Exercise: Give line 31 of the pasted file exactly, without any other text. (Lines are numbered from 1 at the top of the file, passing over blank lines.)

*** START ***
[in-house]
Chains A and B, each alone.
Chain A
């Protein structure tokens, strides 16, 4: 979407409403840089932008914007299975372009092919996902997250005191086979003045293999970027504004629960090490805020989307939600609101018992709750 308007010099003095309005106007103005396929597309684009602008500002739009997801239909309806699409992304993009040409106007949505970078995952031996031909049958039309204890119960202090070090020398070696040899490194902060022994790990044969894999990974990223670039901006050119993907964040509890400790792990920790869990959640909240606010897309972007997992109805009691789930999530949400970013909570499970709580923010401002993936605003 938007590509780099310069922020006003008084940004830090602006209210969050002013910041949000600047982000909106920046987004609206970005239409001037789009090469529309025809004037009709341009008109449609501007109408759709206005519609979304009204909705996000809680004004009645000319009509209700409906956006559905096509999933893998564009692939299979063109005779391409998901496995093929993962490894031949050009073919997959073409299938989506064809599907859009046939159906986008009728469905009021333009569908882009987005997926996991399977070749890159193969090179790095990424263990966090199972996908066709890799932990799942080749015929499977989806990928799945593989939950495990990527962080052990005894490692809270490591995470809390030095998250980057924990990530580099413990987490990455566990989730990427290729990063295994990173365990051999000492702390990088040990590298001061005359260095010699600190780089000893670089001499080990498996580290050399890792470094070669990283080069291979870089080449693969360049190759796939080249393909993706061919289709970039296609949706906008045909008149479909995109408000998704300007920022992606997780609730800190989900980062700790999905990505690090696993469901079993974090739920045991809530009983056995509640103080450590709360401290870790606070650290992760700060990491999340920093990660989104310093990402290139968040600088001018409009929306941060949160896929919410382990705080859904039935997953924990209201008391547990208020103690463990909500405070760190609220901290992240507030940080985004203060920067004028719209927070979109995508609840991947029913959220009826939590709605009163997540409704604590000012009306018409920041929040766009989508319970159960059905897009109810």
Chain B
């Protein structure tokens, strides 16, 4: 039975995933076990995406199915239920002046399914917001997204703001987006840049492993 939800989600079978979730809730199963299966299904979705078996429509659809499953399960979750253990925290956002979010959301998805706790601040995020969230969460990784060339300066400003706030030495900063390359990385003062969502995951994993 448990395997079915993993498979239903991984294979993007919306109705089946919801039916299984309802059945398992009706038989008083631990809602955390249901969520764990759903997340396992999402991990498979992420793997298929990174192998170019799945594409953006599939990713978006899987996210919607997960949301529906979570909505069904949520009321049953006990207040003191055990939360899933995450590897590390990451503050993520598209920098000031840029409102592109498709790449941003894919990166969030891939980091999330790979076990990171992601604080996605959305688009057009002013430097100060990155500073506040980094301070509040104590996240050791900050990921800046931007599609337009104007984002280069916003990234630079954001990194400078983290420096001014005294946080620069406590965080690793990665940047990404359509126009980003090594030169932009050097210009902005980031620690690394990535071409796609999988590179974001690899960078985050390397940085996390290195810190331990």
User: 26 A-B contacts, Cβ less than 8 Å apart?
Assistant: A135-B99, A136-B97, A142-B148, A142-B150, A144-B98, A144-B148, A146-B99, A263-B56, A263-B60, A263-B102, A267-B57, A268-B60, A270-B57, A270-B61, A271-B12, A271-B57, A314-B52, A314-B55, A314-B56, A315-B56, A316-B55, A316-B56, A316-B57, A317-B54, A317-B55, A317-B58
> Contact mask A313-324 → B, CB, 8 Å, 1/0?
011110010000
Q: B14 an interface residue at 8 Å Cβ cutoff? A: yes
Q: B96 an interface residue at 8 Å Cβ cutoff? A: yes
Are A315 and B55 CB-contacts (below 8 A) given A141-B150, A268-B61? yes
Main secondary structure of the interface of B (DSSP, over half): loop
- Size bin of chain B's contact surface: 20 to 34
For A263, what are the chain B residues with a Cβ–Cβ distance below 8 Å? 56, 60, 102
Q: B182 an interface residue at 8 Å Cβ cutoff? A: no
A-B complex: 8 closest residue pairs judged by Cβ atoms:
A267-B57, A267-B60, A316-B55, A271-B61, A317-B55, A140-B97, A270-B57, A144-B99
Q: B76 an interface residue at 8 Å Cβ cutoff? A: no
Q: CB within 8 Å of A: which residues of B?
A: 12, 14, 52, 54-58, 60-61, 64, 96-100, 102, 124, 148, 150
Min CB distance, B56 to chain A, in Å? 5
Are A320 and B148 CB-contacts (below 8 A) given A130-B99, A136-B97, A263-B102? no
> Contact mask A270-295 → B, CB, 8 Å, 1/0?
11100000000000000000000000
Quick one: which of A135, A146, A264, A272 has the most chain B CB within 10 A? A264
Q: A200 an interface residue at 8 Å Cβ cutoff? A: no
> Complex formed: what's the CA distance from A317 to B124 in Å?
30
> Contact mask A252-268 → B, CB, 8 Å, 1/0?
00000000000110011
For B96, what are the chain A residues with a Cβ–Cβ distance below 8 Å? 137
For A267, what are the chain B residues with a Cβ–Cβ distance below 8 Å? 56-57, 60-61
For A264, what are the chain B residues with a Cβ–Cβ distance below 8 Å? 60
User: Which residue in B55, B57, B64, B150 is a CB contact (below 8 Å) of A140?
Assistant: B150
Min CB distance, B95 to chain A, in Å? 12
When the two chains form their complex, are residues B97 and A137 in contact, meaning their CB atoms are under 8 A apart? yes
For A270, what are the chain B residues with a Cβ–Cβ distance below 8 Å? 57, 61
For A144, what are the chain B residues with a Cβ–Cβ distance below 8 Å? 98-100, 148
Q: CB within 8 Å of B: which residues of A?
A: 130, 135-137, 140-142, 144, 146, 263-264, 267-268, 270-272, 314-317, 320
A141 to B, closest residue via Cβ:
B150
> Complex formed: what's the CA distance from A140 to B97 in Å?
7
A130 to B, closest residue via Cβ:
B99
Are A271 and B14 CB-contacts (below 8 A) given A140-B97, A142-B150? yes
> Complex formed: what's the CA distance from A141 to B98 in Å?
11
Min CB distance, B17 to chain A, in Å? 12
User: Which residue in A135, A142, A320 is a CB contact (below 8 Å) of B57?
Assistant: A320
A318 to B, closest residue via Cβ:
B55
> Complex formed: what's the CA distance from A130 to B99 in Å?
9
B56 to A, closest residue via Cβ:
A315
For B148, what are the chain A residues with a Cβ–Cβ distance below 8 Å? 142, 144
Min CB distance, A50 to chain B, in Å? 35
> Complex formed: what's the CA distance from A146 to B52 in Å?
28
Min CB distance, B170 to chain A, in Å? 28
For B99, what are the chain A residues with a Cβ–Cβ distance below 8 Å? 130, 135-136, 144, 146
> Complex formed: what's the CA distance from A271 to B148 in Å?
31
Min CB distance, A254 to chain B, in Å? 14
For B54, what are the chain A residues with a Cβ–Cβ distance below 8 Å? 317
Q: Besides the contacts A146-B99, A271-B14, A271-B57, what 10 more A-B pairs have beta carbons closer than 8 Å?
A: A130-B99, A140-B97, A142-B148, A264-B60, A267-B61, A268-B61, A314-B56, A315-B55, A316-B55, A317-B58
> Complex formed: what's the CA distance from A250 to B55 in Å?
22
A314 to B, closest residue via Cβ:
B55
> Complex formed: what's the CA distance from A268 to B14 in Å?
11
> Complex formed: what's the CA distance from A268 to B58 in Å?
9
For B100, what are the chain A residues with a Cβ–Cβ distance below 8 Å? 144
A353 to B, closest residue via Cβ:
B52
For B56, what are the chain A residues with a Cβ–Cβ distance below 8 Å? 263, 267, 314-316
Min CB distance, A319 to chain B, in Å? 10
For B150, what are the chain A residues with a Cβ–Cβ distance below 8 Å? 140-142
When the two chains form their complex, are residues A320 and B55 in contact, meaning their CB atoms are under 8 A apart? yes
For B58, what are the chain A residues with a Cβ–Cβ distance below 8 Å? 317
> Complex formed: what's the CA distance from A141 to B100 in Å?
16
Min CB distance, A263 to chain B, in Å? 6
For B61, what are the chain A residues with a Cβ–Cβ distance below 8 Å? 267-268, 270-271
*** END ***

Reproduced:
> Contact mask A252-268 → B, CB, 8 Å, 1/0?